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Al-Qaeda-linked Muslim cleric acquitted in Jordan over 1999 plot

The radical al-Qaeda-linked preacher Abu Qatada looks on from behind bars at the Jordanian military court in Amman, Jordan, on June 26, 2014.


A Jordanian military court on Thursday acquitted al-Qaeda-linked preacher Abu Qatada of terrorism charges over a foiled 1999 plot to attack an American school in the country's capital, Amman.

The military's State Security Court in Amman announced it found 53-year-old Abu Qatada innocent for lack of evidence against him. The Muslim preacher, who was deported from Britain last year to face a retrial in his native Jordan, had pleaded not guilty to all charges against him.

Separately, the court postponed its ruling on a second set of terrorism charges against the cleric, involving plots in 2000 to attack Israelis, Americans and other Westerners in Jordan, and said it would deliver its verdict in that case on Sept. 7.

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In both cases, Abu Qatada was convicted in absentia years ago and sentenced to life in prison. But on his extradition to Jordan last July, those sentences were suspended under Jordanian law and he was ordered to stand a new trial.

As the ruling was read in the courtroom, Abu Qatada's family and relatives erupted into cheers. The women embraced and kissed one another. Abu Qatada smiled and waved from inside the defendants' cage.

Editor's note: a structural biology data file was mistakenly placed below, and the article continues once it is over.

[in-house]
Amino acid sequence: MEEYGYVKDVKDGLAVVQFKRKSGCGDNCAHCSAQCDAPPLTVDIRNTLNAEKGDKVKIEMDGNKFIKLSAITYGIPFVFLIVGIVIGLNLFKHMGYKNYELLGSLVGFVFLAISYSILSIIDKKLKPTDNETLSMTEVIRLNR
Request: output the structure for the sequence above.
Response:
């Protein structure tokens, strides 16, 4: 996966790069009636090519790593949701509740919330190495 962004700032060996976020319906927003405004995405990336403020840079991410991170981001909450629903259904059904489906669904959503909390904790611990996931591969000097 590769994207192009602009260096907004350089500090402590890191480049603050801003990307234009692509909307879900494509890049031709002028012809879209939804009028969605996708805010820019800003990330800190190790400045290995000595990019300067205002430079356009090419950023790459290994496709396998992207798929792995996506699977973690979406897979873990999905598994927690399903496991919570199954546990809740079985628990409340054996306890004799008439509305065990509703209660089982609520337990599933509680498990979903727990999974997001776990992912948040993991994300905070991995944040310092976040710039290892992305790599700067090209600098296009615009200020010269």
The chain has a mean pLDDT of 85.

"I think that justice has taken its place here today," Abu Qatada's lawyer, Ghazi Thneibat, told reporters after the ruling but declined to comment on the postponement of the verdict in the second case.

"We are happy," said Um Ahmed, Abu Qatada's sister. "But I want him to leave with us."

The cleric is to remain in detention in Jordan pending the second, upcoming verdict.

During his time in custody so far in Jordan, he has publicized his militant ideology, advising foreign fighters to remain in Syria to battle the growing Shia influence there and urging suicide attacks in Lebanon against Shia targets.

Earlier on in the proceedings against him, the cleric had questioned the impartiality of Jordan's military court, an issue that delayed his deportation from Britain for years.

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But last June, Britain and Jordan ratified a treaty on torture aimed at easing those worries, paving the way for his extradition.

Abu Qatada, whose real name is Omar Mahmoud Mohammed Othman, has been described in courts in Britain and Spain as a senior al-Qaeda figure in Europe who had close ties to the late Osama bin Laden.

Britain accused him of links with Zacarias Moussaoui, the only person charged in the United States over the Sept. 11, 2001, terrorist attacks, and with shoe bomber Richard Reid. Audio recordings of some of the cleric's sermons were found in an apartment in Hamburg, Germany, used by some of the Sept. 11 hijackers.

Abu Qatada arrived in Britain on a forged passport in 1993 after fleeing a Jordanian government crackdown on militants. He was granted asylum in Britain a year later, but he eventually wore out his welcome because of his suspected militant activities, which allegedly included raising funds to finance terror plots in Jordan.

Britain's Immigration and Security Minister, James Brokenshire, said after the ruling in Amman that the cleric's "retrial in Jordan has been made possible thanks to this [British] government's determination to successfully deport him from the U.K."

Because of the deportation order, Abu Qatada will never be able to return to Britain, he said.

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"While the courts in Jordan have acquitted [Abu] Qatada of one of the two charges against him, it is right the due process of law is allowed to take place in his own country," Brokenshire said. "We await a verdict on the remaining charge."

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